Investing in a low rate environment

“Lower for longer” has been a common theme running through interest rate markets for the past few years. So how should investors be positioning their portfolios in this environment?

Official interest rates in the US have been at zero for more than nine years now and Australian official rates have remained at historically low levels for the past eight years, as you can see from the chart below.

And many market observers believe interest rates will remain at very low levels around the world for some time to come.

 
 
So, investors with a longer-term horizon may consider increasing allocations to shares and property to take advantage of higher income and greater potential for long-term capital growth.
 

So should you be adjusting your portfolio to a low rate environment?

BT Technical Services Manager Bryan Ashenden cautions against investors making significant changes.

“Provided you already have a well diversified portfolio that is appropriate for your attitude to risk, then your best policy is to stick to your long-term strategy,” he says.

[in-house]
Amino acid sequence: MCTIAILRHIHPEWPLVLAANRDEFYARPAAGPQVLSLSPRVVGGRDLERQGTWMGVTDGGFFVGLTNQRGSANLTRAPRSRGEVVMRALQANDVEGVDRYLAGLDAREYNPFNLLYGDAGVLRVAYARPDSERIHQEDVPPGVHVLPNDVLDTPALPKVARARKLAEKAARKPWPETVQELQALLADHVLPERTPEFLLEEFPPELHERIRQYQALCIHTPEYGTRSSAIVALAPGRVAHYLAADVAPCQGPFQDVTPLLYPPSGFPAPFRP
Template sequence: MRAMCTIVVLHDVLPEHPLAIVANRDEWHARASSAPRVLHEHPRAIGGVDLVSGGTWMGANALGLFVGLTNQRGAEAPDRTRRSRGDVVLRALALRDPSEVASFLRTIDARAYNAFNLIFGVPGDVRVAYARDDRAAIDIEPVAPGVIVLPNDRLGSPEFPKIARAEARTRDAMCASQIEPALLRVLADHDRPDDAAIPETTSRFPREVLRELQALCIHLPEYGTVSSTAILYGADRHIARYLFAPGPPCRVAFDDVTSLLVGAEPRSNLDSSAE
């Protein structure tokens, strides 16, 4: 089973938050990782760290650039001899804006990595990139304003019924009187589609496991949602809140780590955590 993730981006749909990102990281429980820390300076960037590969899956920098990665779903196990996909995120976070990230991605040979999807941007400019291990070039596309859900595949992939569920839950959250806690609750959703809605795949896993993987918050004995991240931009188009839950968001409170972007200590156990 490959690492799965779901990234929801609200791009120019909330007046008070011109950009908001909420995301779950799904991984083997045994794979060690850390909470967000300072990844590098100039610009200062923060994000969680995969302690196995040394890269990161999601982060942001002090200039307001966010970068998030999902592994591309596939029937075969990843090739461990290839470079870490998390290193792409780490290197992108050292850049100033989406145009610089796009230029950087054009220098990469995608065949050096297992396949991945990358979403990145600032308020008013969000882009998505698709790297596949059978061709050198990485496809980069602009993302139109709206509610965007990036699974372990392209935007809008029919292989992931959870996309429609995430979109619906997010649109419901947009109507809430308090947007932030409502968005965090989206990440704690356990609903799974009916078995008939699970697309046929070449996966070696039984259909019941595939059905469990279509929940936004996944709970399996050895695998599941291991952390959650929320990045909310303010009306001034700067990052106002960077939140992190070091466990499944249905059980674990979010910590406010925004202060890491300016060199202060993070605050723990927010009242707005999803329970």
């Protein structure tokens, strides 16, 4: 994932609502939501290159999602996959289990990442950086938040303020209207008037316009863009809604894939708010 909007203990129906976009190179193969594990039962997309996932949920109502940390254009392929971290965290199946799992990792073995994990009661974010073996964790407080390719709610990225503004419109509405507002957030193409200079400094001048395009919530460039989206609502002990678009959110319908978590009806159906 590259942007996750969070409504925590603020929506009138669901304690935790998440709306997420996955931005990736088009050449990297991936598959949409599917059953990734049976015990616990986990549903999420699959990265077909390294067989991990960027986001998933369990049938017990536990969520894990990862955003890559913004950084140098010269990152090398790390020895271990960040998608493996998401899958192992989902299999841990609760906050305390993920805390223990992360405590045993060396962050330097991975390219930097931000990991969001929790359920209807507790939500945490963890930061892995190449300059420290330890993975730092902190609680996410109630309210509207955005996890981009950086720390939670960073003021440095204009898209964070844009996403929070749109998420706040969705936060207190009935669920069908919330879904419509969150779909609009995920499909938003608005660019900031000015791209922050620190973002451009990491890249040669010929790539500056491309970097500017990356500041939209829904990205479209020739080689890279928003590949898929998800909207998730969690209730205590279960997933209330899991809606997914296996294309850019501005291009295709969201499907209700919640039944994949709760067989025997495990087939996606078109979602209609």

However, Mr Ashenden recommends investors discuss the issue with their financial adviser and asking whether a tilt to certain assets in their portfolio may be appropriate.

For instance, low interest rates mean low return for cash and term deposits so the more conservative or income oriented investors may consider increasing their allocations to fixed interest to increase their income return over the medium term. And for your money that is in cash, make sure it is earning the best rate in the market. That means not being afraid to change banks where necessary.

Low interest rates tend to be supportive of growth assets such as shares and property, as interest expenses often make up a significant portion of costs borne by businesses and investors. So, investors with a longer-term horizon may consider increasing allocations to shares and property to take advantage of higher income and greater potential for long-term capital growth.

In general, the aim of lowering interest rates by banks is to encourage individuals and businesses to invest and spend and therefore increase economic growth. The prospects of growth in an the economy is ultimately what drives sharemarkets. So, if central banks are successful in their attempts to increase spending and investment, it is generally good news for the sharemarket.

But Mr Ashenden cautions that the direction of interest rates rather than their absolute value can have a more significant bearing on growth assets.

“Rising interest rates can have a detrimental effect on shares and property as businesses and investors adjust to higher costs of doing business,” he says.

To ensure your investments are working hard for you during this low interest rate period, please speak to us today.

 
photo credit: Kitchen via photopin (license)